Maximum PC readers know full well to leave attachments alone, but if you're a frequent UPS customer, these types of scams can catch you off guard, particularly since UPS does, on occasion, send out official notifications that may include attachments. If in doubt, UPS is asking its customers to contact customerservice at ups dot com.
The smell of gun powder hangs in the air, and E3's off to leisurely, jogging start. Since news is spewing out of the California-based trade show like lava from an active volcano, I'm going to focus on bigger stories that will appeal to Maximum PC users' more-refined palettes. So, with that said, read more to find out all about Portal's early return, Duke Nukem's new trilogy, and much, much more.
We just arrived at the EA press conference at the Orpheum theater. Lots of news being released, including the announcement of Sims 3, coming out in 2009. EA demos Dead Space, Spore, Mirror's Edge, NBA Live 09, Dragon Age: Origins, Left4Dead (characters redesiged), and id's Rage! Click through for our liveblog!
Attackers are exploiting the threat using specially designed websites that hideously download malicious code. Since the ActiveX control bears Microsoft's digital signature, those users who have rated MS to be a trustworthy software publisher in their IE settings might very quietly have their systems compromised
Microsoft hasn’t come up with a fix for this bug yet. Though Microsoft says that attacks are targeted and not widespread, you are advised to breeze through the terse list of suggested actions posted by Microsoft and mitigate the risk.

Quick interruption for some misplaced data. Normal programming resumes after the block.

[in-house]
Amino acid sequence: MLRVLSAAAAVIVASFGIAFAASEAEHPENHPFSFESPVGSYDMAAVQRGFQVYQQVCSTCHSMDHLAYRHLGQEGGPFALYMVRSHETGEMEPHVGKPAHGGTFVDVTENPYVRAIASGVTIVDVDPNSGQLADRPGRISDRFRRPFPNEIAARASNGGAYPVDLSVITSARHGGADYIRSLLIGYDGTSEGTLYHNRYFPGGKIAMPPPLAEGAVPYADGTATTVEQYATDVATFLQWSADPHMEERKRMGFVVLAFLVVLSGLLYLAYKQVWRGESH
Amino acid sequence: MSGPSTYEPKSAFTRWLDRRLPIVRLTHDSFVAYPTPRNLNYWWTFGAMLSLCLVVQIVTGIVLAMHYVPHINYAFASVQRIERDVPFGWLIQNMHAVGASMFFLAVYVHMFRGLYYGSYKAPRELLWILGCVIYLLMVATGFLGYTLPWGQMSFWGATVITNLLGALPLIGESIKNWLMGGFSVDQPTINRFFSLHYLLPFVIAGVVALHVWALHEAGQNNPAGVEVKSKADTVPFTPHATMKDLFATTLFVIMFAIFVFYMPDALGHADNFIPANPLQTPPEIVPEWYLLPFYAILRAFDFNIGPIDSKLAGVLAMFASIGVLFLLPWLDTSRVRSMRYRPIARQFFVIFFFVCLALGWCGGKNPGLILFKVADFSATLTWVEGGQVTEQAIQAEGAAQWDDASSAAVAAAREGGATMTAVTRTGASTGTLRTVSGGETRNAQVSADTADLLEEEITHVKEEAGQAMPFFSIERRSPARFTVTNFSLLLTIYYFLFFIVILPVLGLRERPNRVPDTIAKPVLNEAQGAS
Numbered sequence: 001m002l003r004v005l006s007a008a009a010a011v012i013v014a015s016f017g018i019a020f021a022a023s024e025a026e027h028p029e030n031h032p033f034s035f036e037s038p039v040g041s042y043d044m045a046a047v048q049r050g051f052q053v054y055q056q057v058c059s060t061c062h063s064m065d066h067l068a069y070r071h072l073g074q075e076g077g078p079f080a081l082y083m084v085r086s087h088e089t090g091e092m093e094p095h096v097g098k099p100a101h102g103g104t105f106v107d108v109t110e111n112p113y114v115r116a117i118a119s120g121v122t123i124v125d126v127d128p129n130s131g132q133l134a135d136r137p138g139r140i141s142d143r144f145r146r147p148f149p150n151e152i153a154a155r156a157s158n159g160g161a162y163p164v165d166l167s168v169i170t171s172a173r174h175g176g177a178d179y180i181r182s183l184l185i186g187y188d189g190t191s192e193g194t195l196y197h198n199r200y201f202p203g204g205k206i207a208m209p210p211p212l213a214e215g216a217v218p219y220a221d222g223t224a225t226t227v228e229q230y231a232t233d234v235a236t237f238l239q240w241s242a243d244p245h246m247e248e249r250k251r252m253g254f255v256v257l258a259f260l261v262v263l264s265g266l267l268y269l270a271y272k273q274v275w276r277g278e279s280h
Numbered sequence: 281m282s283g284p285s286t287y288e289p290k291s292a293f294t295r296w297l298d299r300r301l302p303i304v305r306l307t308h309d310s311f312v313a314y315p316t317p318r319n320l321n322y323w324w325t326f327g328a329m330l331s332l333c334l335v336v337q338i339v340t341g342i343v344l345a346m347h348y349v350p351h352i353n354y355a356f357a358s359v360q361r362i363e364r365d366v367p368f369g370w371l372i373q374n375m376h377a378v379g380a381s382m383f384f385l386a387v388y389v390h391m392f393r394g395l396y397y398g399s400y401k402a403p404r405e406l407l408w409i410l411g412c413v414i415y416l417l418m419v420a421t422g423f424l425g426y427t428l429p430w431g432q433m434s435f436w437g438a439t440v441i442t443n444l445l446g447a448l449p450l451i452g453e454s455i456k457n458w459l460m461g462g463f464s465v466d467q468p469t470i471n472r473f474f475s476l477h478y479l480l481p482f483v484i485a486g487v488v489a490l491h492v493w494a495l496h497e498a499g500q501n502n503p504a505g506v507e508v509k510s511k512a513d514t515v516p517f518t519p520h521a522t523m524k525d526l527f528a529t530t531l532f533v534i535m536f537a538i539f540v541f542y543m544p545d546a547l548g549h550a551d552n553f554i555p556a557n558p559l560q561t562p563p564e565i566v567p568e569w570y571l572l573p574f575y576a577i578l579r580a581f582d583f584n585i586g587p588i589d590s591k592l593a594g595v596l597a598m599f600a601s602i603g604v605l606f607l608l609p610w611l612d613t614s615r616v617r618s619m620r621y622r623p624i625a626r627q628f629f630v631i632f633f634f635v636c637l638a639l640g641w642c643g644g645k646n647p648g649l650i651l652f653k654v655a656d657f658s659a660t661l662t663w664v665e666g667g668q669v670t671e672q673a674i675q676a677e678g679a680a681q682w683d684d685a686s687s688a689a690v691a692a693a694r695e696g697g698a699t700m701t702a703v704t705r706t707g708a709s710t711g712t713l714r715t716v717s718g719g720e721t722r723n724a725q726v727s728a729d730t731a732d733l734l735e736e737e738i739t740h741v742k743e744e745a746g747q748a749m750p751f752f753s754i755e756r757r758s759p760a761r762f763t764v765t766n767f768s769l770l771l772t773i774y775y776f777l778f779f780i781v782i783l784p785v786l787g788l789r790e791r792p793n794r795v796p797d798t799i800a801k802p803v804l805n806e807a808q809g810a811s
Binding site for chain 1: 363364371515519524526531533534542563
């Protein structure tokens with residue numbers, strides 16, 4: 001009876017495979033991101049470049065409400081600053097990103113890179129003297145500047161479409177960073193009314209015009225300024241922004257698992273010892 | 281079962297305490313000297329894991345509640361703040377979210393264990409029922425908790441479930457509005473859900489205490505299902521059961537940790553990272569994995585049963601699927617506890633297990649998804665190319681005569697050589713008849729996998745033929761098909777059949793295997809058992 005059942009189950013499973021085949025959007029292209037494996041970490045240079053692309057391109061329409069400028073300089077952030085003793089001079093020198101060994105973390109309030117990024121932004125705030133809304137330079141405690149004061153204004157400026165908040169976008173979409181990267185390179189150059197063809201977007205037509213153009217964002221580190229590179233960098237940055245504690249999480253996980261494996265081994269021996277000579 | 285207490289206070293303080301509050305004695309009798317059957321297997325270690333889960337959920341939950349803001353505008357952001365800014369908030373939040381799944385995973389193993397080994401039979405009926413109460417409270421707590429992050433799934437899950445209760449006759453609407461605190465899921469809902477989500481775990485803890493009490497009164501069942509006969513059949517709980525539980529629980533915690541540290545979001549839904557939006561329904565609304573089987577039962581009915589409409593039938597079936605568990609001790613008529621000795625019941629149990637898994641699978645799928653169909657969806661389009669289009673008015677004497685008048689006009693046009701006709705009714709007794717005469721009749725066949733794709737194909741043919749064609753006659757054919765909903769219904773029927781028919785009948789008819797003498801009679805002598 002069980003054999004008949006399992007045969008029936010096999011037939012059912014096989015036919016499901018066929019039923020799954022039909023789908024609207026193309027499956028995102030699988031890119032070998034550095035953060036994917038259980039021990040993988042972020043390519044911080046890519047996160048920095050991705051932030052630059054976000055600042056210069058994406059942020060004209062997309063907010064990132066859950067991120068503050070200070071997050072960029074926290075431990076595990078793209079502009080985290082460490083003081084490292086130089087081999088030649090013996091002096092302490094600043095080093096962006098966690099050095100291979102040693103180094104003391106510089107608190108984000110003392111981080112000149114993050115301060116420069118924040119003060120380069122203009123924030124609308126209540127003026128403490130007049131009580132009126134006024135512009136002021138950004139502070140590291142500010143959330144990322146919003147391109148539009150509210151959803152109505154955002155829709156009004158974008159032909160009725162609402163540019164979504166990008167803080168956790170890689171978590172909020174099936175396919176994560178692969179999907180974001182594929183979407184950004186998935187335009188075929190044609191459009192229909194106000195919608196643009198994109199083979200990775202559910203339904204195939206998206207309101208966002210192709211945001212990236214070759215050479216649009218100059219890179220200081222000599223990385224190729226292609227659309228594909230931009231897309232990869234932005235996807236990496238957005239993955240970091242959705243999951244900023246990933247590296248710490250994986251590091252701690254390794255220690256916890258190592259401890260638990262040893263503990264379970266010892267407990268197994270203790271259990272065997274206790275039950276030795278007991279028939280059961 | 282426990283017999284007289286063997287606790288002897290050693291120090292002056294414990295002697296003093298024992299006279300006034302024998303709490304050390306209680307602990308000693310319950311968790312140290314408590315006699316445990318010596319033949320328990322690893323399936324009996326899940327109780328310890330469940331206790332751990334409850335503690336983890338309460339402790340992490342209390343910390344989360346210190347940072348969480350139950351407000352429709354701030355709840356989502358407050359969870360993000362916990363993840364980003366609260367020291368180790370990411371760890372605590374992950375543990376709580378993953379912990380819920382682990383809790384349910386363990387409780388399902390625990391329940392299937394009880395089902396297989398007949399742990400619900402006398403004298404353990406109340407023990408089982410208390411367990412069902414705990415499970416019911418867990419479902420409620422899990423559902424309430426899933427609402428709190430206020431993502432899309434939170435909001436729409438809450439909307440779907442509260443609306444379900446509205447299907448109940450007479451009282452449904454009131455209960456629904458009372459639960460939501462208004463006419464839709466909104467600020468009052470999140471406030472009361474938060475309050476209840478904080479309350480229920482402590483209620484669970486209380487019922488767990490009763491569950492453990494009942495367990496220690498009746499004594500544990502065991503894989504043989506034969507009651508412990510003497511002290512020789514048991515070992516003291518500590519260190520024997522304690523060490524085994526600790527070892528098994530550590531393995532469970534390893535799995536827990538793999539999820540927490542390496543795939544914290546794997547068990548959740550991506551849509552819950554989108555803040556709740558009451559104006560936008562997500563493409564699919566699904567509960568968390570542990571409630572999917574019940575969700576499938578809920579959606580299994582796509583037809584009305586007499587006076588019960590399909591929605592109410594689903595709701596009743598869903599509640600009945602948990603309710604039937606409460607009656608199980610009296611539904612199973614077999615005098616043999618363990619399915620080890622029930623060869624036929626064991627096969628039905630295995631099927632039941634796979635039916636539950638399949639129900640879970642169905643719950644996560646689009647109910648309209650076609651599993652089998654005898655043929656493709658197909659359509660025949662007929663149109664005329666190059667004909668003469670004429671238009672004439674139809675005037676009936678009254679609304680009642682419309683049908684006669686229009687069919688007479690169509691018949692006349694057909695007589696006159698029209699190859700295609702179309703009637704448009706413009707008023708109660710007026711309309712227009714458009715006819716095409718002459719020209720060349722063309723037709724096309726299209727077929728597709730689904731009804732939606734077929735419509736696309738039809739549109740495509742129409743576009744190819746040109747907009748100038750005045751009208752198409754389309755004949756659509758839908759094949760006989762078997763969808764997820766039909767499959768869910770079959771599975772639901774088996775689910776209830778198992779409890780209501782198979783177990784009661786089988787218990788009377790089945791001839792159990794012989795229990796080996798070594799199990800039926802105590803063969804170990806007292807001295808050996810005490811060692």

Microsoft has long offered hardware compatibility information for different versions of Windows, including Windows Vista. Remember the Hardware Compatibility List (HCL)? Until now, though, Microsoft has dropped the ball on making software compatibility easy to determine. With a renewed emphasis on marketing and customer satisfaction this summer, Microsoft has now created an easy-to-use one-stop shop for determining which hardware and software products will work with Windows Vista, the Windows Vista Compatibility Center.
For a quick tour of the WVCC, and to learn how you can make it even better, see us after the jump.
During a keynote at the Microsoft Worldwide Partner Conference 2008, Microsoft CEO Kevin Turner went on record claiming Vista "is more secure today than Apple Leopard, or XP, or Linux, or open source." Surprisingly, Turner's right, at least when looking over a report (PDF) from Microsoft's own security division comparing the number of fixed and unfixed vulnerabilities of several operating systems. So is Vista (and by association, Microsoft) getting a bad rap?
Arstechnica says no, and points out "exploited vulnerabilities are something that needs a little bit more emphasis, and so do infection numbers." Security company PC Tools (makers of ThreatFire, reviewed in the February 2008 issue of Maximum PC, page 26) found that up to 70 percent of Vista home PCs are infected with malware, and while Microsoft might not agree with PC Tools' findings, its no secret that Mac OS X and Linux systems are targeted less frequently than Windows. Microsoft evangelist Michael Kleef claims end users are ultimately to blame for the higher infection rate, and not the OS, but when it comes out that one of Vista's main security features was designed to annoy, does the fault really lie with the end user?